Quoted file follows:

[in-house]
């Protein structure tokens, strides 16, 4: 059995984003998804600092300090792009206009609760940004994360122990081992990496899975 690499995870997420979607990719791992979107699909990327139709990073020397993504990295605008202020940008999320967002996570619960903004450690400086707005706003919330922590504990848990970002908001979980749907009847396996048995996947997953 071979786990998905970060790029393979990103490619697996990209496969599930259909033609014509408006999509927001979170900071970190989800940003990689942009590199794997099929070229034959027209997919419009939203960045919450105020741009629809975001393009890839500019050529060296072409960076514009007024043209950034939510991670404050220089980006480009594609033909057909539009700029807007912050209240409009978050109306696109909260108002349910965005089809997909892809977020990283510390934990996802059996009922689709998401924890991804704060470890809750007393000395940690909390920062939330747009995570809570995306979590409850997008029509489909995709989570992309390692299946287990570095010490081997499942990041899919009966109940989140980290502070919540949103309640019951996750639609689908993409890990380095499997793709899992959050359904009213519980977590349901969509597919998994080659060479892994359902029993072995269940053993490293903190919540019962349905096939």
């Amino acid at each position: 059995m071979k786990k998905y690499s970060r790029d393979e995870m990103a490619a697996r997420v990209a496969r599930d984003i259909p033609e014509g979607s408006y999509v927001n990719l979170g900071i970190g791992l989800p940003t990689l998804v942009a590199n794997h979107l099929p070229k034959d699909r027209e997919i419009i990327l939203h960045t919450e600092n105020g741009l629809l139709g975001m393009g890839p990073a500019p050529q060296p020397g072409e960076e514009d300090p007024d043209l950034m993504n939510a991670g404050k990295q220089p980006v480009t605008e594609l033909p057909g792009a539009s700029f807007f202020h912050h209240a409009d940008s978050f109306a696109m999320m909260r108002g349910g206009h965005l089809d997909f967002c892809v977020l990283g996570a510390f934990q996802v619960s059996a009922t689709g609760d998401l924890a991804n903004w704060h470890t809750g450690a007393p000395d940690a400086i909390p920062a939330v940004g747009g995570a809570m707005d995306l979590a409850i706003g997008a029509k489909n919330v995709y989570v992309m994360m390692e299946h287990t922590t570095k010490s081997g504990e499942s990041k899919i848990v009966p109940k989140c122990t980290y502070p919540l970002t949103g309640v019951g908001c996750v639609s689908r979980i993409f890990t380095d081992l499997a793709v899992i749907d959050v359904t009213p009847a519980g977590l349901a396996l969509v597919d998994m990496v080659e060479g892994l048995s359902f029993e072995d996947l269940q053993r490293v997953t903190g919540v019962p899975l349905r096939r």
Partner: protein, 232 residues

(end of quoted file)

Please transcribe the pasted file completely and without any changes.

[in-house]
């Protein structure tokens, strides 16, 4: 059995984003998804600092300090792009206009609760940004994360122990081992990496899975 690499995870997420979607990719791992979107699909990327139709990073020397993504990295605008202020940008999320967002996570619960903004450690400086707005706003919330922590504990848990970002908001979980749907009847396996048995996947997953 071979786990998905970060790029393979990103490619697996990209496969599930259909033609014509408006999509927001979170900071970190989800940003990689942009590199794997099929070229034959027209997919419009939203960045919450105020741009629809975001393009890839500019050529060296072409960076514009007024043209950034939510991670404050220089980006480009594609033909057909539009700029807007912050209240409009978050109306696109909260108002349910965005089809997909892809977020990283510390934990996802059996009922689709998401924890991804704060470890809750007393000395940690909390920062939330747009995570809570995306979590409850997008029509489909995709989570992309390692299946287990570095010490081997499942990041899919009966109940989140980290502070919540949103309640019951996750639609689908993409890990380095499997793709899992959050359904009213519980977590349901969509597919998994080659060479892994359902029993072995269940053993490293903190919540019962349905096939």
């Amino acid at each position: 059995m071979k786990k998905y690499s970060r790029d393979e995870m990103a490619a697996r997420v990209a496969r599930d984003i259909p033609e014509g979607s408006y999509v927001n990719l979170g900071i970190g791992l989800p940003t990689l998804v942009a590199n794997h979107l099929p070229k034959d699909r027209e997919i419009i990327l939203h960045t919450e600092n105020g741009l629809l139709g975001m393009g890839p990073a500019p050529q060296p020397g072409e960076e514009d300090p007024d043209l950034m993504n939510a991670g404050k990295q220089p980006v480009t605008e594609l033909p057909g792009a539009s700029f807007f202020h912050h209240a409009d940008s978050f109306a696109m999320m909260r108002g349910g206009h965005l089809d997909f967002c892809v977020l990283g996570a510390f934990q996802v619960s059996a009922t689709g609760d998401l924890a991804n903004w704060h470890t809750g450690a007393p000395d940690a400086i909390p920062a939330v940004g747009g995570a809570m707005d995306l979590a409850i706003g997008a029509k489909n919330v995709y989570v992309m994360m390692e299946h287990t922590t570095k010490s081997g504990e499942s990041k899919i848990v009966p109940k989140c122990t980290y502070p919540l970002t949103g309640v019951g908001c996750v639609s689908r979980i993409f890990t380095d081992l499997a793709v899992i749907d959050v359904t009213p009847a519980g977590l349901a396996l969509v597919d998994m990496v080659e060479g892994l048995s359902f029993e072995d996947l269940q053993r490293v997953t903190g919540v019962p899975l349905r096939r």
Partner: protein, 232 residues